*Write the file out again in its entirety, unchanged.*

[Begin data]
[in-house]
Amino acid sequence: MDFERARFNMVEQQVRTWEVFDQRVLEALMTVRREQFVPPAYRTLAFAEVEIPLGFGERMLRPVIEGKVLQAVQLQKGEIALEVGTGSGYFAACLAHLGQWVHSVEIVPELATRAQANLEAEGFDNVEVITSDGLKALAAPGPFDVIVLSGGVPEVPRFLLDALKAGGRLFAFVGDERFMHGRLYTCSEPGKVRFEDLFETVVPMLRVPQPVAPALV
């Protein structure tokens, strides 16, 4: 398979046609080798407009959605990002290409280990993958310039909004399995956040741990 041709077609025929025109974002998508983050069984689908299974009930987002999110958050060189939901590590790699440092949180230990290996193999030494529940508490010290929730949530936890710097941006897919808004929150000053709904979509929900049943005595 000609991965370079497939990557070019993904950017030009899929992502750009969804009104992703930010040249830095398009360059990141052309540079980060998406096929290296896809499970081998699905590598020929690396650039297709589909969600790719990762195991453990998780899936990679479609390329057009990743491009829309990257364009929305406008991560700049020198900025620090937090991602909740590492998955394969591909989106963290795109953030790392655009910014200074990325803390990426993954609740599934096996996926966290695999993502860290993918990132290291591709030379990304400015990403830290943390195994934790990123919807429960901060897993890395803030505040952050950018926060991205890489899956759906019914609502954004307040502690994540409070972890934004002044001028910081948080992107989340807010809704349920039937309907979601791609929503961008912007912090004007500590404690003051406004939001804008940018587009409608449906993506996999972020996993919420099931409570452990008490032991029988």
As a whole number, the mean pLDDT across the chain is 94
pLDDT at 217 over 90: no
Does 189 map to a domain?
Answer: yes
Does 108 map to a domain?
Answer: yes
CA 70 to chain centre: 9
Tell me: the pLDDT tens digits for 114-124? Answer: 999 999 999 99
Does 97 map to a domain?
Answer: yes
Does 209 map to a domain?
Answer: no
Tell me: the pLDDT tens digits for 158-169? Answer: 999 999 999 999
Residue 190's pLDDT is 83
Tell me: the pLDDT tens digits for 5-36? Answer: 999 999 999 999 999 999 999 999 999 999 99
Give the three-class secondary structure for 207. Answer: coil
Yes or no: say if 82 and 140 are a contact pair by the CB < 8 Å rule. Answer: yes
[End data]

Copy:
[in-house]
Amino acid sequence: MDFERARFNMVEQQVRTWEVFDQRVLEALMTVRREQFVPPAYRTLAFAEVEIPLGFGERMLRPVIEGKVLQAVQLQKGEIALEVGTGSGYFAACLAHLGQWVHSVEIVPELATRAQANLEAEGFDNVEVITSDGLKALAAPGPFDVIVLSGGVPEVPRFLLDALKAGGRLFAFVGDERFMHGRLYTCSEPGKVRFEDLFETVVPMLRVPQPVAPALV
């Protein structure tokens, strides 16, 4: 398979046609080798407009959605990002290409280990993958310039909004399995956040741990 041709077609025929025109974002998508983050069984689908299974009930987002999110958050060189939901590590790699440092949180230990290996193999030494529940508490010290929730949530936890710097941006897919808004929150000053709904979509929900049943005595 000609991965370079497939990557070019993904950017030009899929992502750009969804009104992703930010040249830095398009360059990141052309540079980060998406096929290296896809499970081998699905590598020929690396650039297709589909969600790719990762195991453990998780899936990679479609390329057009990743491009829309990257364009929305406008991560700049020198900025620090937090991602909740590492998955394969591909989106963290795109953030790392655009910014200074990325803390990426993954609740599934096996996926966290695999993502860290993918990132290291591709030379990304400015990403830290943390195994934790990123919807429960901060897993890395803030505040952050950018926060991205890489899956759906019914609502954004307040502690994540409070972890934004002044001028910081948080992107989340807010809704349920039937309907979601791609929503961008912007912090004007500590404690003051406004939001804008940018587009409608449906993506996999972020996993919420099931409570452990008490032991029988």
As a whole number, the mean pLDDT across the chain is 94
pLDDT at 217 over 90: no
Does 189 map to a domain?
Answer: yes
Does 108 map to a domain?
Answer: yes
CA 70 to chain centre: 9
Tell me: the pLDDT tens digits for 114-124? Answer: 999 999 999 99
Does 97 map to a domain?
Answer: yes
Does 209 map to a domain?
Answer: no
Tell me: the pLDDT tens digits for 158-169? Answer: 999 999 999 999
Residue 190's pLDDT is 83
Tell me: the pLDDT tens digits for 5-36? Answer: 999 999 999 999 999 999 999 999 999 999 99
Give the three-class secondary structure for 207. Answer: coil
Yes or no: say if 82 and 140 are a contact pair by the CB < 8 Å rule. Answer: yes